This engine had been in the workshop for some repair and before being returned to its ship needed to be test-run. It seemed that a make-shift plinth had been provided on which to temporarily plonk the engine for the test. A fuel “tank” was apparently something like an upside-down Brasso tin with a copper pipe soldered into the screw-cap. To aid starting provision existed for the use of percussion cartridges which looked like cigarettes that were inserted into a special holder in the cylinder head. The engine started with a bang on the first revolution of the flywheel, surprising all involved, and enthusiastically increased revs with each “doeff”. It promptly vacated its temporary seat, and resembling a tractor with a drunk driver at the wheel, it took off with wheel-spin on the concrete floor. Each collision with lathes, concrete pillars, etc., caused extreme changes of direction accompanied by flying chips of plasterwork, concrete, paint, crushed cans, escaping compressed air, etc,  as it chased its “rescuers” around the place. It eventually expired against a wall where it wheel-spun until it either ran out of juice or somebody killed it. The workshop atmosphere was clouded with a heavy mix of exhaust smoke and cement / concrete dust.  By then the rims of the flywheels had the appearance of having been chromed. In his thick German accent the foreman had us in stiches describing the fast unfolding scene of devastation.
We went to inspect the damage – there was lots of it – concrete chunks, damaged machines, crushed boxes and equipment in the workshop – but fortunately no one was injured and the engine itself was not too badly hurt. If it had “escaped” through the open workshop door it could have run amok on the quayside, slamming into parked vehicles or even committed suicide by plunging off the quay into the dock.

There was at least some “colour” in those days before health and safety killed the radio show…… But I never forgot the lesson about the consequences of an engine runaway.

Enjoy your day,

Thursday, 12 May 2016

Email server problems

As of yesterday afternoon, Wedensday 11th May 2016, our email server stopped working, this is after moving to them after poor service from another server.

Normal service will be resumed as soon as possible?


We have been re connected!

Sunday, 8 May 2016

Marine diesel engine hours, how many between services?

This seems to come up less and less now?

The handbooks for marine diesel engines often say that you change the oil and filter every 50 hours or once a year?

Then some may add that if you use a higher grade oil (Shell Rotella is one) you can change the oil every 100 hours and once a year?

So what is the truth, can we go further than the 100 hours?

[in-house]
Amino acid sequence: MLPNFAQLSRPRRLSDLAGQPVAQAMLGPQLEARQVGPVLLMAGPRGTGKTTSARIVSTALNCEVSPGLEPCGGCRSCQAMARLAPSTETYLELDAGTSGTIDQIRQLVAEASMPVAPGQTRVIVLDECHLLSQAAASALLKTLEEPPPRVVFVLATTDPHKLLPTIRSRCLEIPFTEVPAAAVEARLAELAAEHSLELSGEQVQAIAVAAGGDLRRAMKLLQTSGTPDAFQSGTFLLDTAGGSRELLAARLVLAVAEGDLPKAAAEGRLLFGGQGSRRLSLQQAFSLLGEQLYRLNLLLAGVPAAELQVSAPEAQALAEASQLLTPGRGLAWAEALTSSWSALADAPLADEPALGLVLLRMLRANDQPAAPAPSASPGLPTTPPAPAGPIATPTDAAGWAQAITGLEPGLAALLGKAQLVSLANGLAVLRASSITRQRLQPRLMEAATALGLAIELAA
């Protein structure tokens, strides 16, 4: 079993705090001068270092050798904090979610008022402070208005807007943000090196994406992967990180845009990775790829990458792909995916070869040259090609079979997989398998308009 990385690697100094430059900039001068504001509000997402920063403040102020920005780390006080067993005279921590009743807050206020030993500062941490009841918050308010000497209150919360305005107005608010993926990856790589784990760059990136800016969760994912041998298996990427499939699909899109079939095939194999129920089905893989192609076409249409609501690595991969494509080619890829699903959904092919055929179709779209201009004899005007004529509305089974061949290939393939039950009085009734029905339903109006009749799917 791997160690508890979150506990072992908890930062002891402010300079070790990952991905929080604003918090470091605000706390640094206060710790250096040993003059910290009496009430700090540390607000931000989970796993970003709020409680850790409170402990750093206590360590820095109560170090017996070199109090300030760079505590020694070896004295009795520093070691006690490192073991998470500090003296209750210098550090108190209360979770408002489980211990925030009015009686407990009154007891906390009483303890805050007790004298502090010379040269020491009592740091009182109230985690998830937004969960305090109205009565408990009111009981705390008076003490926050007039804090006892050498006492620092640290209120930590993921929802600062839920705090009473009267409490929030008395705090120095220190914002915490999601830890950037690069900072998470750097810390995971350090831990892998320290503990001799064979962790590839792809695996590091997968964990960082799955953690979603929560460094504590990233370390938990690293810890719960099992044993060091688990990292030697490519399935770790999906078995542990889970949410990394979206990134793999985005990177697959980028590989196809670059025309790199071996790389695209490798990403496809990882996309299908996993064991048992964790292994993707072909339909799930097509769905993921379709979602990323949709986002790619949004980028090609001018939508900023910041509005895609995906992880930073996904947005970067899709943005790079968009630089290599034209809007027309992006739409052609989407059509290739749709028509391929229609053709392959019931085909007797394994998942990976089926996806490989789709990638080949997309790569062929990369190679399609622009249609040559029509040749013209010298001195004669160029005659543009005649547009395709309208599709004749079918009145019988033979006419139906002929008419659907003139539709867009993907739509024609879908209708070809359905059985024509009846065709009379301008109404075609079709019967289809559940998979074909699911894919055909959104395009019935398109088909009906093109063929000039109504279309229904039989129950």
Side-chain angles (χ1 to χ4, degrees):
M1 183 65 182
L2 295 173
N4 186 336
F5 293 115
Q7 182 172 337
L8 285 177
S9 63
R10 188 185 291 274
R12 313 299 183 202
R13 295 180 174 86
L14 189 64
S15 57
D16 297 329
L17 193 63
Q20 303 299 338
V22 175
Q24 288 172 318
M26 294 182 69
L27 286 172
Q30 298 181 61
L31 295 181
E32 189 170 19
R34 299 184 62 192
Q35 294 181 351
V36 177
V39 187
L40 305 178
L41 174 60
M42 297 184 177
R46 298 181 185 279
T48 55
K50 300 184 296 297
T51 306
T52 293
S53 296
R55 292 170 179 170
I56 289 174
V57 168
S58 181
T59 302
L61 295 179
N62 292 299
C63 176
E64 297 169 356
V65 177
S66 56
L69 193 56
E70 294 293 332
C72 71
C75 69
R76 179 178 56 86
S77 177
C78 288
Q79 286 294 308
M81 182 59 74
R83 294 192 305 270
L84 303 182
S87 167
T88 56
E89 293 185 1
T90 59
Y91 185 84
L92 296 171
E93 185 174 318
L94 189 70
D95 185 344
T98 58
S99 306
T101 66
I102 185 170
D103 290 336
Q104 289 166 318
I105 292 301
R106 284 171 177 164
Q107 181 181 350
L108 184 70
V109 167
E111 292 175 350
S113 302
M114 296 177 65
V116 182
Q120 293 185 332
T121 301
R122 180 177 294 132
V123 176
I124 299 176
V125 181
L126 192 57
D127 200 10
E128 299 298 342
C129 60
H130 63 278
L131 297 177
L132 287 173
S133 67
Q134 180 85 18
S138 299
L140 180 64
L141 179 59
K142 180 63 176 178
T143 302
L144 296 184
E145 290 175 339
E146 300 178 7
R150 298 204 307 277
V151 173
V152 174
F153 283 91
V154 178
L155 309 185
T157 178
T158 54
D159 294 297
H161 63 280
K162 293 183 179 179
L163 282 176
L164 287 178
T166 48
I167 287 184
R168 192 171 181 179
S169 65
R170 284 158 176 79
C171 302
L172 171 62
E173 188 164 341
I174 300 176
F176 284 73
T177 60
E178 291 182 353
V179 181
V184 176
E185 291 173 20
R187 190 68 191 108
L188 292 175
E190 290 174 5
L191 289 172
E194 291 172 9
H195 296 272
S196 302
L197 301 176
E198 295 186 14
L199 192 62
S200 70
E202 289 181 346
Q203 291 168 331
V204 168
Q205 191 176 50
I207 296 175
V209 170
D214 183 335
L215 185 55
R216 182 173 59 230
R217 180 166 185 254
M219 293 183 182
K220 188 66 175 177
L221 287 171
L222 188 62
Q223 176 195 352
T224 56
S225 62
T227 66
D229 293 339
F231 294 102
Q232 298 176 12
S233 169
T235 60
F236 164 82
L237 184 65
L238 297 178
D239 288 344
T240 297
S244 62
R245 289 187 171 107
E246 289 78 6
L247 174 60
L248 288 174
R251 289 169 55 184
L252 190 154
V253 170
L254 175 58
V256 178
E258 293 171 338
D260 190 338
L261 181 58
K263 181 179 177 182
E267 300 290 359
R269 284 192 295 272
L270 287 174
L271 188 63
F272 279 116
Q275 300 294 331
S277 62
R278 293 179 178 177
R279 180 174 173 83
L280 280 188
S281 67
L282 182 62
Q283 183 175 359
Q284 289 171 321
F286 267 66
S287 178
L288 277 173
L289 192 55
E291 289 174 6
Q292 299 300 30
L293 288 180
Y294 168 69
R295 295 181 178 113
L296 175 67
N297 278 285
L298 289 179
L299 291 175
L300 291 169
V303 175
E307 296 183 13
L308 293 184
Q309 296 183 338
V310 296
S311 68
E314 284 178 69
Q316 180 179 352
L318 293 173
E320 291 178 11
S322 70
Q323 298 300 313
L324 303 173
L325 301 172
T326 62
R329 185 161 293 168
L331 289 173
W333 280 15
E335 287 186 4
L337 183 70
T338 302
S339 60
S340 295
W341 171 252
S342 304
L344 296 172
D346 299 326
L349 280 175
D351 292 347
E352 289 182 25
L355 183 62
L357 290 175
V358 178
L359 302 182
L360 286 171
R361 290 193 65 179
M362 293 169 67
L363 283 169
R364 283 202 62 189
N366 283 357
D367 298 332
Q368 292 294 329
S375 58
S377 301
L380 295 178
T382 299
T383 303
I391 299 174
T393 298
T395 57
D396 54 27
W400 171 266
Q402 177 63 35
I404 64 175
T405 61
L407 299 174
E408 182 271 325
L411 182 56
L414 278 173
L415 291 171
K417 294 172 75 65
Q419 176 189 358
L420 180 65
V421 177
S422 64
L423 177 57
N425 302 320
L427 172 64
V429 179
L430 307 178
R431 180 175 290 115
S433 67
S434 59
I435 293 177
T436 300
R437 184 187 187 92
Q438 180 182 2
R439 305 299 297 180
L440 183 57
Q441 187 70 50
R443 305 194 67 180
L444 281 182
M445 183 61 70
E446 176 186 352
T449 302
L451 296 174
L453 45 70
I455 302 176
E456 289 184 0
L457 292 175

On my last cruise and to St Helena Isle, Brasil, Trinidad and Tobago, Venezuela and the return to Cape Town in South Africa, the oil was changed every 250 hours.

This worked out fine and when that boat was later sold the BMW Hatz 30hp twin cylinder had some 3600 hours on the clock.

The issue is that the oil in a cruising boats engine hardly ever gets cold, this means there is less chance of an acid building up from condensed moisture in the engine.

A comment from a marine engineer follows:


Purely on appearance as depicted in your photo, I would suggest it can be returned to service. It is running hours that matters -  age in years is not significant - of course provided it's suffered no corrosion through moisture in the oil during extended periods of cold idleness. In ships' generator engines, which run continuously for weeks or months at a time, bearing renewals at under 25,000 hours would be unusual. A year of continuous running equals only 8,760 hours, and I doubt your Perkins hasn't seen that in its 30 years' life!!

Think about my recently traded-in Toyota Hilux with 270,000 kms on the odometer. In running hours, that equates to:

7,700 hrs at 35 km/hr average speed, or

3,800 hrs at 70 km/hr average speed,

and involves lots of cold starts, hot stops, crawling in traffic and high-speed cruising. I think that engine has worked longer and harder than your yacht engine. It's been resold by the dealer without any opening-up and with a guarantee.

Unless your engine has suffered abuse in use, poor maintenance or some other calamity, I would suggest a head overhaul and a crankcase / sump clean is all that's justified, plus possibly injectors and fuel pump to clean / service. Or maybe nothing at all!

If it aint broke don't fix it!

Saturday, 7 May 2016

Optimist dinghy sail for sale

This one was made by North Sails and  has been used a few times, I was told in an international regatta.

It can be purchased for R1500 ( about U$100)  and is supplied complete with its North Sails bag.

The picture shows a similar sail and on an Optimist that was built from one of our CNC kits..

The sail is in Hout Bay, South Africa and can be posted to most places?


Wood / Epoxy as a boat building material?

This issue gets kicked around from time to time and often falls finally on the boats resale value and worth?

The problem is that we never really know the truth until we try and sell the boat?